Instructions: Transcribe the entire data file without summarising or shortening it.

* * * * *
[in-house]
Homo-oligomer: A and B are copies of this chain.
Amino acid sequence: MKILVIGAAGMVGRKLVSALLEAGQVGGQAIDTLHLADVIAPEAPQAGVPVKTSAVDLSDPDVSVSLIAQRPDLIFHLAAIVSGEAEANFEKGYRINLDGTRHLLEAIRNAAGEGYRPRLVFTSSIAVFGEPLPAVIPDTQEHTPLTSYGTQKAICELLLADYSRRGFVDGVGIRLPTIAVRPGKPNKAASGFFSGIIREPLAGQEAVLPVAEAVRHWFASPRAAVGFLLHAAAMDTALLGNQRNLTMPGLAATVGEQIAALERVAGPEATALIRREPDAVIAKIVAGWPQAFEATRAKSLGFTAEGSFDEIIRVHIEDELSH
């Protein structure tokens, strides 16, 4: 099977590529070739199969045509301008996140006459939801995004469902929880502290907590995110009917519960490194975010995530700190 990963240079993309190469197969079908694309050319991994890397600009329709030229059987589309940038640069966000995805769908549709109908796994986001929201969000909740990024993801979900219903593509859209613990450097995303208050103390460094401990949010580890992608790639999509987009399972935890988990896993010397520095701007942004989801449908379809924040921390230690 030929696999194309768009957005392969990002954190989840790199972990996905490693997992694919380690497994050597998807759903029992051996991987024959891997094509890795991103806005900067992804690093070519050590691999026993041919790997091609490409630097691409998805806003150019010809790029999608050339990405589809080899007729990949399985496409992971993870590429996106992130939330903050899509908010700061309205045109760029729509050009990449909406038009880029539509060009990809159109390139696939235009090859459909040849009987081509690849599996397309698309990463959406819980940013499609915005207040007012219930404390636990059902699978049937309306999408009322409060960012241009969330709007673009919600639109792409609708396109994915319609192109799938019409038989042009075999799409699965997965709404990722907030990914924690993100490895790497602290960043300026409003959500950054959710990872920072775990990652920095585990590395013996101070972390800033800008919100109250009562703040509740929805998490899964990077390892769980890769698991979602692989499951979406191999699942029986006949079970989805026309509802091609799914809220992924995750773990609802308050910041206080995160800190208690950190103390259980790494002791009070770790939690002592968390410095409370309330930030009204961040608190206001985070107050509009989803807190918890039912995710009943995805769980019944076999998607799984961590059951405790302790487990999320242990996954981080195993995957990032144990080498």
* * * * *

[in-house]
Homo-oligomer: A and B are copies of this chain.
Amino acid sequence: MKILVIGAAGMVGRKLVSALLEAGQVGGQAIDTLHLADVIAPEAPQAGVPVKTSAVDLSDPDVSVSLIAQRPDLIFHLAAIVSGEAEANFEKGYRINLDGTRHLLEAIRNAAGEGYRPRLVFTSSIAVFGEPLPAVIPDTQEHTPLTSYGTQKAICELLLADYSRRGFVDGVGIRLPTIAVRPGKPNKAASGFFSGIIREPLAGQEAVLPVAEAVRHWFASPRAAVGFLLHAAAMDTALLGNQRNLTMPGLAATVGEQIAALERVAGPEATALIRREPDAVIAKIVAGWPQAFEATRAKSLGFTAEGSFDEIIRVHIEDELSH
């Protein structure tokens, strides 16, 4: 099977590529070739199969045509301008996140006459939801995004469902929880502290907590995110009917519960490194975010995530700190 990963240079993309190469197969079908694309050319991994890397600009329709030229059987589309940038640069966000995805769908549709109908796994986001929201969000909740990024993801979900219903593509859209613990450097995303208050103390460094401990949010580890992608790639999509987009399972935890988990896993010397520095701007942004989801449908379809924040921390230690 030929696999194309768009957005392969990002954190989840790199972990996905490693997992694919380690497994050597998807759903029992051996991987024959891997094509890795991103806005900067992804690093070519050590691999026993041919790997091609490409630097691409998805806003150019010809790029999608050339990405589809080899007729990949399985496409992971993870590429996106992130939330903050899509908010700061309205045109760029729509050009990449909406038009880029539509060009990809159109390139696939235009090859459909040849009987081509690849599996397309698309990463959406819980940013499609915005207040007012219930404390636990059902699978049937309306999408009322409060960012241009969330709007673009919600639109792409609708396109994915319609192109799938019409038989042009075999799409699965997965709404990722907030990914924690993100490895790497602290960043300026409003959500950054959710990872920072775990990652920095585990590395013996101070972390800033800008919100109250009562703040509740929805998490899964990077390892769980890769698991979602692989499951979406191999699942029986006949079970989805026309509802091609799914809220992924995750773990609802308050910041206080995160800190208690950190103390259980790494002791009070770790939690002592968390410095409370309330930030009204961040608190206001985070107050509009989803807190918890039912995710009943995805769980019944076999998607799984961590059951405790302790487990999320242990996954981080195993995957990032144990080498």